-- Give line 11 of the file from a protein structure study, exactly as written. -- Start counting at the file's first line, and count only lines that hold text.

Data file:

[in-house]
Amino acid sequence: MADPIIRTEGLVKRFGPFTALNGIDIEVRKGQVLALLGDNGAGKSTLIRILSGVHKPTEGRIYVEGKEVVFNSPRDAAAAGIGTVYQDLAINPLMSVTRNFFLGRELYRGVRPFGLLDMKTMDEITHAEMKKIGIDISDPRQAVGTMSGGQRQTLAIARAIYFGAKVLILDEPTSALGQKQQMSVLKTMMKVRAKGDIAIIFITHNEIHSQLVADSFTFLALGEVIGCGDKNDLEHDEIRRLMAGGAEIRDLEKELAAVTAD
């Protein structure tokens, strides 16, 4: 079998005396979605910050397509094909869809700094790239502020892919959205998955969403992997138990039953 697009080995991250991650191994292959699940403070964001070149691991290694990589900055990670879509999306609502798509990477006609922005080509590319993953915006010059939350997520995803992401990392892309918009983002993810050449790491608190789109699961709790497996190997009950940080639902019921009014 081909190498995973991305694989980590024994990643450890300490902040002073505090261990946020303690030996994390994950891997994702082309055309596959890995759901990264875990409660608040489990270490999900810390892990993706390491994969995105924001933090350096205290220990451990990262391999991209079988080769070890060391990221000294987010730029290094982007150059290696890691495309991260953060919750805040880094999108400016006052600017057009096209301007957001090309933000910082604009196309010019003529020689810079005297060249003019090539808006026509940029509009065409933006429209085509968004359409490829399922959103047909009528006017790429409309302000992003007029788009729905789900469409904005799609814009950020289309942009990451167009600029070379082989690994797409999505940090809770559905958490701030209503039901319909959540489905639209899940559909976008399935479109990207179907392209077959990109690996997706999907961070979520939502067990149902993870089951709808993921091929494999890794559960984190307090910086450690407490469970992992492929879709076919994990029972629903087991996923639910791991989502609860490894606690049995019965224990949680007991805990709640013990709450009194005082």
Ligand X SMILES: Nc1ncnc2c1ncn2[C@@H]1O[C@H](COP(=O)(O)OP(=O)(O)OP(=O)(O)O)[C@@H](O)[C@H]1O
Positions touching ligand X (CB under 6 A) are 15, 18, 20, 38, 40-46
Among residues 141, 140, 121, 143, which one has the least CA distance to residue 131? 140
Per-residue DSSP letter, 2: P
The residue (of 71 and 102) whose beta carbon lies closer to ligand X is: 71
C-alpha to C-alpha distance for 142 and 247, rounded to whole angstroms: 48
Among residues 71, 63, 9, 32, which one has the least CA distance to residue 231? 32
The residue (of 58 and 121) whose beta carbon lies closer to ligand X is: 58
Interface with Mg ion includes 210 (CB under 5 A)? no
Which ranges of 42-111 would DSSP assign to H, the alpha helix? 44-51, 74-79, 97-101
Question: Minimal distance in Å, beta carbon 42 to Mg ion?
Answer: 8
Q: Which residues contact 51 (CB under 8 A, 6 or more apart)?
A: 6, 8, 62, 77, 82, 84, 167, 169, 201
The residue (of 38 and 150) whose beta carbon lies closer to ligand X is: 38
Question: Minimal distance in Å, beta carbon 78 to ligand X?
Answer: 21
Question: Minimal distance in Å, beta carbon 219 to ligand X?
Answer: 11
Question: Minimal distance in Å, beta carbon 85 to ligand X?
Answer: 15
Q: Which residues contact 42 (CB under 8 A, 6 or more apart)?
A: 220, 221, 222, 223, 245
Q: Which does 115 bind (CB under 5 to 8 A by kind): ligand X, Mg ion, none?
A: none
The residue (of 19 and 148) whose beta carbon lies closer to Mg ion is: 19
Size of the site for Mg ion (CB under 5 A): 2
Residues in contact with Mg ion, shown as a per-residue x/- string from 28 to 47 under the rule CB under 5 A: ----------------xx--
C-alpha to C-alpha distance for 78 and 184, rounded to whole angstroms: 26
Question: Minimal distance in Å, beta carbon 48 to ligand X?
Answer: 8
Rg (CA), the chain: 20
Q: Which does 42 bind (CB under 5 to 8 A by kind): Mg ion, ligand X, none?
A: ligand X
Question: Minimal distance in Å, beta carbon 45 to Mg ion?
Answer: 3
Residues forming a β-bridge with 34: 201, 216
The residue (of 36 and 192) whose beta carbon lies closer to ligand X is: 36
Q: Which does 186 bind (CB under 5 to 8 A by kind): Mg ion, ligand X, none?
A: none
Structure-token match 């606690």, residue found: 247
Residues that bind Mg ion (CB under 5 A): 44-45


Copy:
The residue (of 58 and 121) whose beta carbon lies closer to ligand X is: 58